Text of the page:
by Trevor Hass
There are few feelings more gratifying for Big Lake resident Deb Varner than watching one of her foster kids compete and excel in Special Olympics events.
On Wednesday, she helped James Kasper participate in bocce at the VFW Soccer Fields in Otsego. She guided Kasper, who has chronic lung disease and Down syndrome, to the proper position, and Kasper threw the bocce balls forward with gusto.
“It’s wonderful,” Varner said. “Just watching his face, he loves it.”
Varner took in Kasper six years ago when Kasper’s mother died. Kasper, 46, almost lost his battle with chronic lung disease in February, and he still requires additional oxygen on a daily basis. He and Emily Anderson competed against each other, tossing their balls toward the little white pallino in front of them.
Kasper takes part in basketball, bowling and bocce, and these sports have given Varner a way to get even closer to him over the years.
“I haven’t regretted it a minute. He’s such a sweetheart,” Varner said. “They didn’t expect him to make it this far.”
Denise Roesner has also had an overwhelmingly positive experience with Special Olympics as a coach based in the St. Cloud area. Her daughter, Chelsea, competes in bowling, track and bocce, and Chelsea may take up swimming soon.
Roesner said bocce is 24-year-old Chelsea’s favorite sport, so Wednesday was a particularly enjoyable day for her. Working as a coach is extremely rewarding for Roesner, and she said the athletes remind her that there’s joy in the world.
Winning makes the day even sweeter for some, but that’s not the point. These athletes relish the opportunity to compete in sports and enjoy the day with their families and friends, regardless of the outcome.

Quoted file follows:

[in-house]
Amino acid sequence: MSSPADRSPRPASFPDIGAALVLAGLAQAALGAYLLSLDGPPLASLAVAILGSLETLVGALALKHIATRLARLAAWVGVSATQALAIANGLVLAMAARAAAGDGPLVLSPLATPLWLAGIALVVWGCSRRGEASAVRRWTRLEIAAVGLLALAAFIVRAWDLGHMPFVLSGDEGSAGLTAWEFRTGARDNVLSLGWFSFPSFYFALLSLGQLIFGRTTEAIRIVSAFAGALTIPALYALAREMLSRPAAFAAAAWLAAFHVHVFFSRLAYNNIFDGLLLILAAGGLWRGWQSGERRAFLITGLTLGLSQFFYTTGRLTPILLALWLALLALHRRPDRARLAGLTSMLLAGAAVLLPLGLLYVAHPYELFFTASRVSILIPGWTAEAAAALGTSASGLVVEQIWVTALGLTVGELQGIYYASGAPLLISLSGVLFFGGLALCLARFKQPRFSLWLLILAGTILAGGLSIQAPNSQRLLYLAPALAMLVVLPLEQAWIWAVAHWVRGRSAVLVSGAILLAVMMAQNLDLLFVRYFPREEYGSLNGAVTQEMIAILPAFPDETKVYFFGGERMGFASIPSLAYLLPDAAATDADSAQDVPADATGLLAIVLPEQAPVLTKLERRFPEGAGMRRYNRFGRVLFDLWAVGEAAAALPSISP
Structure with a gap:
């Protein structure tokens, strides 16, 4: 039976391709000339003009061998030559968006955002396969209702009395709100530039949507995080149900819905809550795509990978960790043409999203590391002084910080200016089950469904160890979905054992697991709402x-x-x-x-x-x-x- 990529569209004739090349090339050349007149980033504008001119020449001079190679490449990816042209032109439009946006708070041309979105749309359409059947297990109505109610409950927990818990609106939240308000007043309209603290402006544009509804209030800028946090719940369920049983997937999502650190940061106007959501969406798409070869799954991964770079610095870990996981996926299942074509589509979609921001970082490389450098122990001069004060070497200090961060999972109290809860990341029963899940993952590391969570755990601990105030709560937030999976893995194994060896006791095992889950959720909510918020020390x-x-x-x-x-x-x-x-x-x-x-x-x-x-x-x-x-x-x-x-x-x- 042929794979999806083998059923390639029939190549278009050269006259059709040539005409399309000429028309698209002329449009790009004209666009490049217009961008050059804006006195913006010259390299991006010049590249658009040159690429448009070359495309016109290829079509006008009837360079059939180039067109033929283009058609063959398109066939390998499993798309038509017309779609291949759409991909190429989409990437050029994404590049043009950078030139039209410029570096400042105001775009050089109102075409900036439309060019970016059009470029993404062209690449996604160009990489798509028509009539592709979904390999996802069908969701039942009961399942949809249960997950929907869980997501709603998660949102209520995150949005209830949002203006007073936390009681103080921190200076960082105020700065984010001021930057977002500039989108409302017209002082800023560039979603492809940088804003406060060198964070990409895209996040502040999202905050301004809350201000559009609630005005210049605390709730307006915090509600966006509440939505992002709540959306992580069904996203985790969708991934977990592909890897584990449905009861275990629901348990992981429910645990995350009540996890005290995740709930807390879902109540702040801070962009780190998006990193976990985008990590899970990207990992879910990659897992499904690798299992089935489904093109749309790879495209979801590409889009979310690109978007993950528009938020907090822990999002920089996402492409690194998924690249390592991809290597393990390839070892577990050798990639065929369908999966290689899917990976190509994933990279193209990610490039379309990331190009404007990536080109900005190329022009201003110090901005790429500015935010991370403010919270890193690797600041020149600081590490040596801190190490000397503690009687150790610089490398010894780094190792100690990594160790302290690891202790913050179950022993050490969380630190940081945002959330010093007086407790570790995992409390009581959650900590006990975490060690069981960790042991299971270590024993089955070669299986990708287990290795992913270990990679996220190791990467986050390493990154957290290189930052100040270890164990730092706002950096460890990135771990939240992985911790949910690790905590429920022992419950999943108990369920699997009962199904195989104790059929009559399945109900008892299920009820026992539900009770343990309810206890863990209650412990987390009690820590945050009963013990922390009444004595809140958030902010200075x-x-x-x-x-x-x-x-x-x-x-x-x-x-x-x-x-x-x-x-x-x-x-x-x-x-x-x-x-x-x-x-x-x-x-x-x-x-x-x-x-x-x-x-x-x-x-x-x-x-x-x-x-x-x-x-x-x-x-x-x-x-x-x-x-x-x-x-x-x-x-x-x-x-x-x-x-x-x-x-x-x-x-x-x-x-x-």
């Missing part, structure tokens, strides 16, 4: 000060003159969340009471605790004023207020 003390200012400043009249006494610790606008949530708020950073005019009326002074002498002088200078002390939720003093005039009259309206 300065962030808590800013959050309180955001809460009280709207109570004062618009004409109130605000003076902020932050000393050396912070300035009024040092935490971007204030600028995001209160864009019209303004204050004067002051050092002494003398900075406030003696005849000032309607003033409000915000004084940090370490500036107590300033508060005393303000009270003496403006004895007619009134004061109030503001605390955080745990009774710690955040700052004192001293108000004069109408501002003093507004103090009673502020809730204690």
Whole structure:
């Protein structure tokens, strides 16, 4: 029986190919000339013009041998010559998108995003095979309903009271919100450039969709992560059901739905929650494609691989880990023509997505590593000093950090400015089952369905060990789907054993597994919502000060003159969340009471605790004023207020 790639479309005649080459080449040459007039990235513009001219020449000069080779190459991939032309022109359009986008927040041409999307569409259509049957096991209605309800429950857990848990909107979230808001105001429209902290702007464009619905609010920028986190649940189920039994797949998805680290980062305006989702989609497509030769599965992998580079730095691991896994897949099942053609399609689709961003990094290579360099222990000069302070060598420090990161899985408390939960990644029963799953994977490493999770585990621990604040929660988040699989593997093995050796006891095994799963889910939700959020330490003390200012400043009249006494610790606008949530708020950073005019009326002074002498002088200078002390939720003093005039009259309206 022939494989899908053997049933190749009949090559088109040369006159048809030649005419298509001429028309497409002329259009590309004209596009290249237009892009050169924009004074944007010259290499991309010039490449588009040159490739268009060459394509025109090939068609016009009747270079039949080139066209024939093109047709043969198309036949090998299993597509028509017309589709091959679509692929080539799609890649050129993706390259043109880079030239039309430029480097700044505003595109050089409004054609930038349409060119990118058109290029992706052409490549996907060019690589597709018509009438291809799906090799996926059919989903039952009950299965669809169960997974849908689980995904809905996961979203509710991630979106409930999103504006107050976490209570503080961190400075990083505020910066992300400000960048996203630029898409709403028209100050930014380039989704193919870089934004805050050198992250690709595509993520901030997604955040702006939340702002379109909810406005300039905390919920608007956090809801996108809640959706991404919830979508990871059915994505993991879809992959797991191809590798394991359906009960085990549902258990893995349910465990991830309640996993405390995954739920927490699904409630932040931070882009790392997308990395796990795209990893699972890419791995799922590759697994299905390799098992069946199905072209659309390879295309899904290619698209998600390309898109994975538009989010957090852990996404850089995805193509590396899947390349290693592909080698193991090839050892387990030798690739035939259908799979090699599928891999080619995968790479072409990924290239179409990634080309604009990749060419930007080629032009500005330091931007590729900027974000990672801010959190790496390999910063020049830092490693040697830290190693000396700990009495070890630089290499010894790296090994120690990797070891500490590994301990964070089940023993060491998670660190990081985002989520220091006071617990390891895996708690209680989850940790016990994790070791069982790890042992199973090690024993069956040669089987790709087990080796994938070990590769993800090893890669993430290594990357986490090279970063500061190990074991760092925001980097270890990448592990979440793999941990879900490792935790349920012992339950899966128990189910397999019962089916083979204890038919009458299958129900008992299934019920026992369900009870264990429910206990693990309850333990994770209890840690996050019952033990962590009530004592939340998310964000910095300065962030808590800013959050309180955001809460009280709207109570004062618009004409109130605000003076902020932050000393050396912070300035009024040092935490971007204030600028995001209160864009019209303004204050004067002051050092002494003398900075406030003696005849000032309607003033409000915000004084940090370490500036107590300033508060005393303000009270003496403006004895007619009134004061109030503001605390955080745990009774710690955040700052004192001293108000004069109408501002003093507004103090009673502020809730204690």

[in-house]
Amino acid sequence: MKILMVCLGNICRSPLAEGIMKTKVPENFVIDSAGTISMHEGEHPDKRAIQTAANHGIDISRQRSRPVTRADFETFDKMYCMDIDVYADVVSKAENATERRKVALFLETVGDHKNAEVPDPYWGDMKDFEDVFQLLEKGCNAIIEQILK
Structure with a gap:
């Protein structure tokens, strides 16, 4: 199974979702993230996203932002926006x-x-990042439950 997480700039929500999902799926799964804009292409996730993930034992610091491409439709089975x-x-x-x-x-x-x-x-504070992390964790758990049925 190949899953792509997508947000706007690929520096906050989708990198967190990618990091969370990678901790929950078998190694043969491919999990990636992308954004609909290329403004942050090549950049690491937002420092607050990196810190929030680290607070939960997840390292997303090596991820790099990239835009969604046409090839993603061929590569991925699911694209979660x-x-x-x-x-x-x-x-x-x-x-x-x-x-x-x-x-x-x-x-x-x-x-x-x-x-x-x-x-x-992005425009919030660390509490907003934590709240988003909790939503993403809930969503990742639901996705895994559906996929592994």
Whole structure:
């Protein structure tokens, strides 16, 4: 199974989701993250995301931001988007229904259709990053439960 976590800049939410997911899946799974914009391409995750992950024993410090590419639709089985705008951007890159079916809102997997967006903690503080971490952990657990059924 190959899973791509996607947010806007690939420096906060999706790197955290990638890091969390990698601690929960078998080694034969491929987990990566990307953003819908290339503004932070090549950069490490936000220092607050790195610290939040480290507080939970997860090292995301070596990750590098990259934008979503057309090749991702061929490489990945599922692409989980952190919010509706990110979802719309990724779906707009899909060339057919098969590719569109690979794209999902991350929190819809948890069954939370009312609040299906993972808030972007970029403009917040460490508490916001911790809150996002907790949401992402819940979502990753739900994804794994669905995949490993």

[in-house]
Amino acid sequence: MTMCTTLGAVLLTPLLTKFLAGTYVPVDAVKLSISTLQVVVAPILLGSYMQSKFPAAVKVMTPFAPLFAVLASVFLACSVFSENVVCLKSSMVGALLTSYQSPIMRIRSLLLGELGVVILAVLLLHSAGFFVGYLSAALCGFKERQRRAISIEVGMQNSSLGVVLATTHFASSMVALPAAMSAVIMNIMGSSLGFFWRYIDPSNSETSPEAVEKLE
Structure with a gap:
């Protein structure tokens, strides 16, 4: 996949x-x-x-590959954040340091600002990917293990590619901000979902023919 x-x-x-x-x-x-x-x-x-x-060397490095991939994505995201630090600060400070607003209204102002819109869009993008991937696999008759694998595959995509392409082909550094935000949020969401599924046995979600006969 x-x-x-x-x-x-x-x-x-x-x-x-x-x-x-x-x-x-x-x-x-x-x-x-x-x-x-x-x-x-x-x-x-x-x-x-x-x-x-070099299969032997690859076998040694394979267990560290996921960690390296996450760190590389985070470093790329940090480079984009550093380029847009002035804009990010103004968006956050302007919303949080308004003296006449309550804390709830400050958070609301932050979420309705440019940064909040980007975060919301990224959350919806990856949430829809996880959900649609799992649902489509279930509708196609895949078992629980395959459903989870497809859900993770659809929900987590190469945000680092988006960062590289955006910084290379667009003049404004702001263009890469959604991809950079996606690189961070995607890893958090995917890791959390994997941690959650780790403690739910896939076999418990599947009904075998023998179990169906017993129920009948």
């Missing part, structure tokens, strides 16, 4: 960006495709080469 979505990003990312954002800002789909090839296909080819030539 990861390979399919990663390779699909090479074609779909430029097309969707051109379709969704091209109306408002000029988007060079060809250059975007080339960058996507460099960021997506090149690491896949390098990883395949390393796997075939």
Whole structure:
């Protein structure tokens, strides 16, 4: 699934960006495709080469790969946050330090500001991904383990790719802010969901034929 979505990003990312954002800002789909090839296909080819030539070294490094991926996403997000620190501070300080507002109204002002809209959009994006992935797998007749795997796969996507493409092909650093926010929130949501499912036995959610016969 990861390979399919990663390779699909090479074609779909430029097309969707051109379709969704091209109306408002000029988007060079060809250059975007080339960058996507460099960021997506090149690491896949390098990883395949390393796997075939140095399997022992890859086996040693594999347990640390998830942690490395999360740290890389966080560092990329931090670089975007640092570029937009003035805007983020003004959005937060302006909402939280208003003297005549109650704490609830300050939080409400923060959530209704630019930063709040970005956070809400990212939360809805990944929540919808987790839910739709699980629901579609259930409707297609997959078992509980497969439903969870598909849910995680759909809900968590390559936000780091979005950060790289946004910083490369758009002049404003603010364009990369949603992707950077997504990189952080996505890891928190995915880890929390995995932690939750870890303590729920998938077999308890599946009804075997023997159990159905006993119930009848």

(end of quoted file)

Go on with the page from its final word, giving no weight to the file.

“Just watching the athletes, they’re happy no matter what happens,” Roesner said. “It’s nice to see that in this current society.”
Program manager Emily Dierberger has been involved in Special Olympics around Minnesota for years. She volunteered at her first event, a bowling competition, in eighth grade. She met an athlete named Tom, who bowled in her lane. The two hit it off, and they’ve been friends ever since.
Dierberger still sees Tom at events 12 years later, and they always say hello and share a smile and a story when they reunite. She’s also formed a friendship with another athlete as a unified partner. They typically hang out once a month, and they saw “Finding Dory” together recently.
She has the privilege of having a job she truly loves. As she puts it, she’s here for them. Dierberger loves meeting athletes, such as James and Chelsea, and getting to know them. The sweetest part is the friendships, and the sports are an added perk.
“Once you go to these competitions and you volunteer, you get hooked,” Dierberger said. “It’s a blast to see these athletes and see everybody participate. You end up forming relationships with them.”